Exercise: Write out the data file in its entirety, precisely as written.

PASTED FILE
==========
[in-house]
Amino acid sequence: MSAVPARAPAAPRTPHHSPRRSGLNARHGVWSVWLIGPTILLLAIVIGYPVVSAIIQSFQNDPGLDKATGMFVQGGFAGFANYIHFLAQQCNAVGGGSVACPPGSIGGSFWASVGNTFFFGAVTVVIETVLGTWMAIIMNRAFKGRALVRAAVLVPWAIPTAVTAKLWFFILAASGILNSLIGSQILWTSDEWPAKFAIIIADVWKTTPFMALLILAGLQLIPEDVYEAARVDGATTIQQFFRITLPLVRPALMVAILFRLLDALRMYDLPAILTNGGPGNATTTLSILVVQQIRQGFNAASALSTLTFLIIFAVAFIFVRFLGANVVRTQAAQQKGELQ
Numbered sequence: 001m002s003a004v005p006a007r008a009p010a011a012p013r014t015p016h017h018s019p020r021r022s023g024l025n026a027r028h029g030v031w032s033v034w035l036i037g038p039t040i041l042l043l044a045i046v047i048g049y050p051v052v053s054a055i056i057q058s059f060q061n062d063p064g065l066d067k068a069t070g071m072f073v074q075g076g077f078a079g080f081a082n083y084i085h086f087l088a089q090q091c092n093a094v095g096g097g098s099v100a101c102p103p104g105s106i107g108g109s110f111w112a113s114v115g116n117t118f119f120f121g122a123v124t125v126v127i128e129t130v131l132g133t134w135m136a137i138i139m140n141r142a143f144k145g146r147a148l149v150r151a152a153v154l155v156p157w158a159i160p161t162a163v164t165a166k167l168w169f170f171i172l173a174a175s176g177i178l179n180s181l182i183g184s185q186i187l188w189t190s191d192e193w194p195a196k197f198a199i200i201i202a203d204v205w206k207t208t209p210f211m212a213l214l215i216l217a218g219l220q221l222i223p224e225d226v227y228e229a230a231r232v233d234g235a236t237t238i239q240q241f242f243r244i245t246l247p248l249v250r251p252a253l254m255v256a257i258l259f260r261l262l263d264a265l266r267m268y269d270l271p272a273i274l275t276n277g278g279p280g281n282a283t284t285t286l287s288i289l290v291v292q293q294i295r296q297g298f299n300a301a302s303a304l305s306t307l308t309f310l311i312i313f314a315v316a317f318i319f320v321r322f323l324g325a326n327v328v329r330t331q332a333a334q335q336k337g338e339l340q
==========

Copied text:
[in-house]
Amino acid sequence: MSAVPARAPAAPRTPHHSPRRSGLNARHGVWSVWLIGPTILLLAIVIGYPVVSAIIQSFQNDPGLDKATGMFVQGGFAGFANYIHFLAQQCNAVGGGSVACPPGSIGGSFWASVGNTFFFGAVTVVIETVLGTWMAIIMNRAFKGRALVRAAVLVPWAIPTAVTAKLWFFILAASGILNSLIGSQILWTSDEWPAKFAIIIADVWKTTPFMALLILAGLQLIPEDVYEAARVDGATTIQQFFRITLPLVRPALMVAILFRLLDALRMYDLPAILTNGGPGNATTTLSILVVQQIRQGFNAASALSTLTFLIIFAVAFIFVRFLGANVVRTQAAQQKGELQ
Numbered sequence: 001m002s003a004v005p006a007r008a009p010a011a012p013r014t015p016h017h018s019p020r021r022s023g024l025n026a027r028h029g030v031w032s033v034w035l036i037g038p039t040i041l042l043l044a045i046v047i048g049y050p051v052v053s054a055i056i057q058s059f060q061n062d063p064g065l066d067k068a069t070g071m072f073v074q075g076g077f078a079g080f081a082n083y084i085h086f087l088a089q090q091c092n093a094v095g096g097g098s099v100a101c102p103p104g105s106i107g108g109s110f111w112a113s114v115g116n117t118f119f120f121g122a123v124t125v126v127i128e129t130v131l132g133t134w135m136a137i138i139m140n141r142a143f144k145g146r147a148l149v150r151a152a153v154l155v156p157w158a159i160p161t162a163v164t165a166k167l168w169f170f171i172l173a174a175s176g177i178l179n180s181l182i183g184s185q186i187l188w189t190s191d192e193w194p195a196k197f198a199i200i201i202a203d204v205w206k207t208t209p210f211m212a213l214l215i216l217a218g219l220q221l222i223p224e225d226v227y228e229a230a231r232v233d234g235a236t237t238i239q240q241f242f243r244i245t246l247p248l249v250r251p252a253l254m255v256a257i258l259f260r261l262l263d264a265l266r267m268y269d270l271p272a273i274l275t276n277g278g279p280g281n282a283t284t285t286l287s288i289l290v291v292q293q294i295r296q297g298f299n300a301a302s303a304l305s306t307l308t309f310l311i312i313f314a315v316a317f318i319f320v321r322f323l324g325a326n327v328v329r330t331q332a333a334q335q336k337g338e339l340q